UPDATE: Draghi to attempt to form new Italian government

Italian economist Mario Draghi appealed for national unity after he agreed on Wednesday to take on the job of forming and leading a new government.

UPDATE: Draghi to attempt to form new Italian government
Mario Draghi arrives at the presidential palace in Rome for talks with President Mattarella on Wednesday. Photo: Andreas Solaro/AFP

Draghi, former head of the European Central Bank, said Italy is facing a “difficult moment” after being tasked by President Sergio Mattarella with forming a new government.

“I am confident that… unity will emerge and with it the ability to give a responsible and positive answer to the appeal of the President of the Republic”, said Draghi, following a meeting with Mattarella at noon on Wednesday.

PROFILE: Could 'Super Mario' Draghi lead Italy out of its crisis?

Draghi will now try to create a coalition to replace that led by outgoing premier Giuseppe Conte.

The Milan stock market opened 2.3 percent higher on Wednesday following the news Draghi was being considered for the top job.

President Sergio Mattarella called in Draghi for talks after Italy's ruling parties failed to agree on a new government following a split last month that forced Conte to resign.

Draghi, an Italian economist credited with saving the eurozone at the height of the debt crisis in 2012, is expected to try to put together a 'government of national unity' to navigate the still-raging pandemic.

Alongside the ever-mounting death toll, the country's economy shrank 8.9 percent in 2020 – the biggest slump since the end of World War II.

Mattarella has stressed the urgency of creating a stable government and avoiding elections during the pandemic, which hit Italy first among European nations and has been devastating.

Draghi, dubbed “Super Mario”, has long been cited by political watchers as the man to see Italy through the coming months.
Lorenzo Castellani, a political expert at Rome's Luiss University, said he believed a Draghi-led government would be highly technocratic.
“The government programme will be 99 percent occupied by the pandemic and the recovery fund,” he said, adding that it would likely find support among lawmakers.
But everything still depends on whether the economist can  secure a majority of support among lawmakers, before submitting to a vote of confidence in parliament.
So far the Democratic Party appears on board, as does Renzi, but the Five Star Movement (M5S), the biggest party in parliament once defined by its euroscepticism and anti-“elite” stance, is split.
One of the M5S leaders, Vito Crimi, warned: “This type of executive has already been adopted in the past, with extremely negative consequences for Italian citizens.”

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Berlusconi to run for Senate in Italy’s elections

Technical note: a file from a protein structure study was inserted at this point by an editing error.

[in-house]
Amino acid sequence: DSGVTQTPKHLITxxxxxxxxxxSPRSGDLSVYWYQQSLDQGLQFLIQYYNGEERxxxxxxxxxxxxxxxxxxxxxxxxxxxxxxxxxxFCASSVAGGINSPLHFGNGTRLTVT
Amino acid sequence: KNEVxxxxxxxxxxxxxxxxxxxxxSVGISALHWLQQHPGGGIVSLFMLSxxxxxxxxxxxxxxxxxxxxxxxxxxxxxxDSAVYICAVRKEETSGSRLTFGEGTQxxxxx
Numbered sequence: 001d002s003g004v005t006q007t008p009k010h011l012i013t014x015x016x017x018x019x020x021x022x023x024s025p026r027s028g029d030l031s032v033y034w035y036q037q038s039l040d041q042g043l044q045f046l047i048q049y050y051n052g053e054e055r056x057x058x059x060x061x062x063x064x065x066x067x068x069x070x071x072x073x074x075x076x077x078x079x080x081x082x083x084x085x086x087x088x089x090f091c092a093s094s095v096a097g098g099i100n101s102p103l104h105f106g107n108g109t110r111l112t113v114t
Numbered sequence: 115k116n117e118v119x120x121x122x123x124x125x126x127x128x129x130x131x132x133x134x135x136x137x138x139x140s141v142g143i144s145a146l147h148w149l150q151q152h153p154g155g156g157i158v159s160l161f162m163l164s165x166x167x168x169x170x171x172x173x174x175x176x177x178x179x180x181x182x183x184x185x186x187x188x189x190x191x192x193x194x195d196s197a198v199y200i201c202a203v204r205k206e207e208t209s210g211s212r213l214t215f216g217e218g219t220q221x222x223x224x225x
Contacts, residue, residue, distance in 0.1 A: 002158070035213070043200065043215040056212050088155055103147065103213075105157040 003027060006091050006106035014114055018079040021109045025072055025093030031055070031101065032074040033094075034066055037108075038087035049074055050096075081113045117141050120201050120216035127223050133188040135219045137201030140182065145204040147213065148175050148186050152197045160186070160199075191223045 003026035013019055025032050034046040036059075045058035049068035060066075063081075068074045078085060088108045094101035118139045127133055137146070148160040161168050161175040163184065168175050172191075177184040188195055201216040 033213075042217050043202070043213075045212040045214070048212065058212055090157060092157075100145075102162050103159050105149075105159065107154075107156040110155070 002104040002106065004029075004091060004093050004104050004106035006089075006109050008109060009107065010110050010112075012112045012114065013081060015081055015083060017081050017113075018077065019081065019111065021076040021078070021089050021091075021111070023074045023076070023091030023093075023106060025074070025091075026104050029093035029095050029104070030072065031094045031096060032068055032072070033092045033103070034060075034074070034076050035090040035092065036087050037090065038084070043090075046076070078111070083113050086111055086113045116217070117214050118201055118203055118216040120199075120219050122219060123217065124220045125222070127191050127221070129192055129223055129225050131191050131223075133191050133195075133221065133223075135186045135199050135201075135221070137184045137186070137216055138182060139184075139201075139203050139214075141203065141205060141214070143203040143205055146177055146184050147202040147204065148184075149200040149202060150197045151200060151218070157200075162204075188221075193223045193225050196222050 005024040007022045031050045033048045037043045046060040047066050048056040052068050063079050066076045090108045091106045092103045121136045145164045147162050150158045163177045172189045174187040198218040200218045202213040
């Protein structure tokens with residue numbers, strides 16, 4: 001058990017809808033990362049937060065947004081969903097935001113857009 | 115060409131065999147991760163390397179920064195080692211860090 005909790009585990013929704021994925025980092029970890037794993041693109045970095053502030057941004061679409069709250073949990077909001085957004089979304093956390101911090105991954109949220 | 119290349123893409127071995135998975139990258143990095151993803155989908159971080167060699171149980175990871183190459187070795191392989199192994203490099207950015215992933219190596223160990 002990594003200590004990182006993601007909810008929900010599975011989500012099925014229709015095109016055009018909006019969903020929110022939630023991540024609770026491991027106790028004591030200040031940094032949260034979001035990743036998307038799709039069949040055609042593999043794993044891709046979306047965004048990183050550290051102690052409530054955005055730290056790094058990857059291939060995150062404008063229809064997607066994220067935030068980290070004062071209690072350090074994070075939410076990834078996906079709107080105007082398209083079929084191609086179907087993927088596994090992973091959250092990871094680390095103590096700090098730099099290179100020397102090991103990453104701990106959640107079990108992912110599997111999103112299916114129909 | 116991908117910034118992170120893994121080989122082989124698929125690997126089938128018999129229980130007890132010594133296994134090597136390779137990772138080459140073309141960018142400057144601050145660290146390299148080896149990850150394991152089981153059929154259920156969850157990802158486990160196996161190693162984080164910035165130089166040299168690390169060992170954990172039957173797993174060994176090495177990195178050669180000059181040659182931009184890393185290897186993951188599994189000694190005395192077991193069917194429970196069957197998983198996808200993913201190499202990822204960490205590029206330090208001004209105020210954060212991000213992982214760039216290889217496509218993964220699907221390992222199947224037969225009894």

Scandal-plagued former premier Silvio Berlusconi said he plans to return to Italy's parliament in upcoming elections, almost a decade after being forced out over a conviction for tax fraud.

Berlusconi to run for Senate in Italy's elections

“I think that, in the end, I will be present myself as a candidate for the Senate, so that all these people who asked me will finally be happy,” the 85-year-old billionaire and media mogul told Rai radio on Wednesday.

After helping bring down Prime Minister Mario Draghi last month by withdrawing its support, Berlusconi’s centre-right Forza Italia party looks set to return to power in elections on September 25th.

It is part of a right-wing coalition led by Giorgia Meloni’s post-fascist Brothers of Italy, which includes Matteo Salvini’s anti-immigration League.

Berlusconi brushed off reports he is worried about the possibility of Meloni – whose motto is “God, country and family” – becoming prime minister.

Noting the agreement between the parties that whoever wins the most votes chooses the prime minister, he said: “If it is Giorgia, I am sure she will prove capable of the difficult task.”

READ ALSO: Italy’s hard right set for election victory after left-wing alliance collapses

But he urged voters to back his party as the moderate voice in the coalition, emphasising its European, Atlanticist stance.

“Every extra vote in Forza Italia will strengthen the moderate, centrist profile of the coalition,” he said in a separate interview published Wednesday in the Il Giornale newspaper.

League party leader Matteo Salvini (L), Fratelli d’Italia leader Giorgia Meloni and Forza Italia leader Silvio Berlusconi pictured in October 2021. The trio look set to take power following snap elections in September. Photo by CLAUDIO PERI / ANSA / AFP

Berlusconi was Italy’s prime minister three times in the 1990s and 2000s, but has dominated public life for far longer as head of a vast media and sports empire.

The Senate expelled him in November 2013 following his conviction for tax fraud, and he was banned from taking part in a general election for six years.

He was elected to the European Parliament in 2019, however, and threw his hat in the ring earlier this year to become Italy’s president — although his candidacy was predictably short-lived.

Berlusconi remains a hugely controversial figure  in Italy and embroiled in the many legal wrangles that have characterised his long career.

He remains on trial for allegedly paying guests to lie about his notorious “bunga-bunga” sex parties while prime minister.

Berlusconi has also suffered a string of health issues, some related to his hospitalisation for coronavirus in September 2020, after which he said he had almost died.